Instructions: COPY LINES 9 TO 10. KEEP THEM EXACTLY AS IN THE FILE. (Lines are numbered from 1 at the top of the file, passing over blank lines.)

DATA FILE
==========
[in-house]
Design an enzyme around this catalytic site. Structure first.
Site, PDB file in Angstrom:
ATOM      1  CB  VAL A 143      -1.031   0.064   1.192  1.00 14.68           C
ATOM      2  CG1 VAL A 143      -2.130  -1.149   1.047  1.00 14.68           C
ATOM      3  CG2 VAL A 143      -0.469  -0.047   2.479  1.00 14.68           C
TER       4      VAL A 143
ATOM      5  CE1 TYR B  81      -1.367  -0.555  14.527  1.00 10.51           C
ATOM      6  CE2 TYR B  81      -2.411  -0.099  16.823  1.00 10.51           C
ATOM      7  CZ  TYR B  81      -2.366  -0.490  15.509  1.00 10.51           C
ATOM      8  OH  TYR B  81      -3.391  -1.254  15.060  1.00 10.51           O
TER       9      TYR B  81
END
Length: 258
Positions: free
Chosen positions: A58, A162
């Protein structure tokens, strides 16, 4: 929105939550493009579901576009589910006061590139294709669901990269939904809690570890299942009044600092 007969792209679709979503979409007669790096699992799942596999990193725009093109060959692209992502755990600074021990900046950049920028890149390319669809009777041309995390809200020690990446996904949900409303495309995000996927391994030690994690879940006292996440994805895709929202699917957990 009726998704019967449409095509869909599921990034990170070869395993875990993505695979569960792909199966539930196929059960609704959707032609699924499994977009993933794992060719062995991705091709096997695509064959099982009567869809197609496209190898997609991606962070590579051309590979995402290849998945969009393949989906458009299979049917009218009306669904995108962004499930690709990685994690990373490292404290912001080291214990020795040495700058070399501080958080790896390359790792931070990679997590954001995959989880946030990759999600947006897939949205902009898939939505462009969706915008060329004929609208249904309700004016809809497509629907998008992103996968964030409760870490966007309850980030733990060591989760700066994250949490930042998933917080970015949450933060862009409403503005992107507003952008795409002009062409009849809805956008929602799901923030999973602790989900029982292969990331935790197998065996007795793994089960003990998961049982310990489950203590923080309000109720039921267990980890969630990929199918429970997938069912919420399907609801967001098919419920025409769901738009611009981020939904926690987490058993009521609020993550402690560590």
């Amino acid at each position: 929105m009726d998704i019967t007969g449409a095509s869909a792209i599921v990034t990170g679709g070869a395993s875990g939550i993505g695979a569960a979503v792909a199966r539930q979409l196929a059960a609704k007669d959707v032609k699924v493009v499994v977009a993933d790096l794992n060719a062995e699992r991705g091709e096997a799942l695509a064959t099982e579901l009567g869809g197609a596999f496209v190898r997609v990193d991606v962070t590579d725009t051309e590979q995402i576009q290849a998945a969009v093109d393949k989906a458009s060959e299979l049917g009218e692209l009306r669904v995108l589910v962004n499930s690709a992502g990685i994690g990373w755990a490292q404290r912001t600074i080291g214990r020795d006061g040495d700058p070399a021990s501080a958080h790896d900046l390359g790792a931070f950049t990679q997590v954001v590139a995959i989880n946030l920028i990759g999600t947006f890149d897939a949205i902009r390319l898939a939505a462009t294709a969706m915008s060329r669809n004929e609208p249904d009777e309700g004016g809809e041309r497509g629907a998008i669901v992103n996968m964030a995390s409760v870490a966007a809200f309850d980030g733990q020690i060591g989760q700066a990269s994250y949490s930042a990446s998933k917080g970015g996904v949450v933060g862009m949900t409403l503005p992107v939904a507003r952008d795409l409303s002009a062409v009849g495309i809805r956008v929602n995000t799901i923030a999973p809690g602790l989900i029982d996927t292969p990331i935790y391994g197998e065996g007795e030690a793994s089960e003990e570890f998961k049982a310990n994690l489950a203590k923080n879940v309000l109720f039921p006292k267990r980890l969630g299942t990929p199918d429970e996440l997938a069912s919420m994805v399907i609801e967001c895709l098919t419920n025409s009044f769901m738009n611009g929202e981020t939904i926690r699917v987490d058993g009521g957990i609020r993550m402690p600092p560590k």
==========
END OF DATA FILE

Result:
ATOM      6  CE2 TYR B  81      -2.411  -0.099  16.823  1.00 10.51           C
ATOM      7  CZ  TYR B  81      -2.366  -0.490  15.509  1.00 10.51           C